After arriving in America in mid afternoon, (August 23rd, 1955,) we stayed overnight in San Francisco; the very next day we boarded a transcontinental train towards Springfield, Ohio, our new dream home. Spring field, the words themselves evoked prominent expectations!
On the train we asked Dad, ‘‘what do Americans eat for breakfast?’’ He took us to the diner car and we were shown the menu. Of course, we could only see the pictures, and not understand much else. In my meager English vocabulary, I noticed the words ‘Hot Cakes’ and asked if I could have hot cakes. Dad said yes to me and we all ended up ordering ‘hot cakes.’ I was imagining to myself, ‘here in America, for breakfast, people eat cakes, and heated, truly heaven on earth!!’
Our piping hot cakes arrived, stacked three high. Dad taught us to spread butter on them, so I liberally spread butter on each side of all three pieces. Then Dad said to pour on the syrup, thus again, I eagerly poured on my stack of hot cakes a very generous amount. Then we stopped to give thanks, each of us spoke from our hearts out loud. Finally, Dad said that we may eat. By now, the pancakes were cold and soggy, and the melted butter had recongealed, becoming greasy. With the first bite the taste was not like anything I had anticipated or expected. In fact I choked! (To this day, I avoid pancakes.)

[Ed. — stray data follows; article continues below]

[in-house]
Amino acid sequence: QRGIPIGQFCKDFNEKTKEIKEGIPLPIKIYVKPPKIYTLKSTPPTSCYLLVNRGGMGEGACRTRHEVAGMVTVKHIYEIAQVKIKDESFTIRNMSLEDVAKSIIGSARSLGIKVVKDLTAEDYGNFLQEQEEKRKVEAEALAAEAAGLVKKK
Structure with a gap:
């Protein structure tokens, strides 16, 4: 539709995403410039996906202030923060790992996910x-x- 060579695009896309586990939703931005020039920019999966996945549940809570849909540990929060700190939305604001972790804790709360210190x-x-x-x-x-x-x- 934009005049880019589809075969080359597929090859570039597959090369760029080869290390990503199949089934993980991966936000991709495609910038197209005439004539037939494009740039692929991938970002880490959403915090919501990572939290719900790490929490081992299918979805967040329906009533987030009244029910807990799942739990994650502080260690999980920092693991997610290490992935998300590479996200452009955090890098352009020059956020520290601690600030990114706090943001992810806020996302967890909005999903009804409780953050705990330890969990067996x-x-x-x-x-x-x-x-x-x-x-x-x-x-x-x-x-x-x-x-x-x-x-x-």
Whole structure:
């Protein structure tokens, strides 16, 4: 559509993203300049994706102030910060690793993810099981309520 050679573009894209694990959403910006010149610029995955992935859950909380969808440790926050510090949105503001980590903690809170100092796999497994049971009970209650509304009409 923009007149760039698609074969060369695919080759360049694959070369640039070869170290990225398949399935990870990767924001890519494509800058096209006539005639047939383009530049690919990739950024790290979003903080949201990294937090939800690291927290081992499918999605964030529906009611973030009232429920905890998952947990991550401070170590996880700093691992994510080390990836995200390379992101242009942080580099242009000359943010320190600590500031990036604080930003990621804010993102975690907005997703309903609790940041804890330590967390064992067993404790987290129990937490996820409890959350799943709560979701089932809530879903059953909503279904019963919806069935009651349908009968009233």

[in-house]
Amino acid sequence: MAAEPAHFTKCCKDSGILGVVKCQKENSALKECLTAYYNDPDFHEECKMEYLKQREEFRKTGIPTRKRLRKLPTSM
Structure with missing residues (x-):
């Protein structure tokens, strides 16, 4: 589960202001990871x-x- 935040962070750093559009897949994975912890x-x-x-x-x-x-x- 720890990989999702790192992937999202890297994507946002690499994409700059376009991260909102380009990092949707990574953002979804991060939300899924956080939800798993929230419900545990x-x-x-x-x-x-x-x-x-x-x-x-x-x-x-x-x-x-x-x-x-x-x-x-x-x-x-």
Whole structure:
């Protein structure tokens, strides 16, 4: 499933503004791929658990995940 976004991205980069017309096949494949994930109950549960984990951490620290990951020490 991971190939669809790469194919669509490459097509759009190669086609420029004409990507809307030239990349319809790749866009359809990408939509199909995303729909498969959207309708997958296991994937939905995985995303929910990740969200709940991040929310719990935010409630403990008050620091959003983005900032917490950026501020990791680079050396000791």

So we asked again at lunch, ‘‘what do Americans eat for lunch?’’ We returned to the diner and Dad said, “Americans eat salad for lunch.” We ordered 3 salads to be shared. It came simply as a half a head of lettuce, unadorned, but accompanied with a variety of dressings. We poured the dressings on as a mixture and again were disappointed because we were not familiar with the sourness of the dressing or the raw taste of uncooked vegetable. I told my brothers that maybe we had to accept that American food is not for us, but I assured them we will survive. (I still prefer my vegetables cooked than raw.)
After three days on the cross-country train, we made it to Springfield in late August 1955. Meeting us at the station were Dr. and Mrs. Flack from the Hamma Divinity School and a few of the members of St. Luke’s Lutheran Church. They took us for dinner at a cafeteria. Walking into this place we smelled the sweet aroma of fresh baking. Standing in line, we noticed that there were at least 50 halves of chicken hung on racks, to be ordered as ½’s or ¼’s. That was more cooked chicken in one place at one time that I have ever seen! We all had chicken that night. And it was very tasty. We began to feel that perhaps there was some hope for American food after all.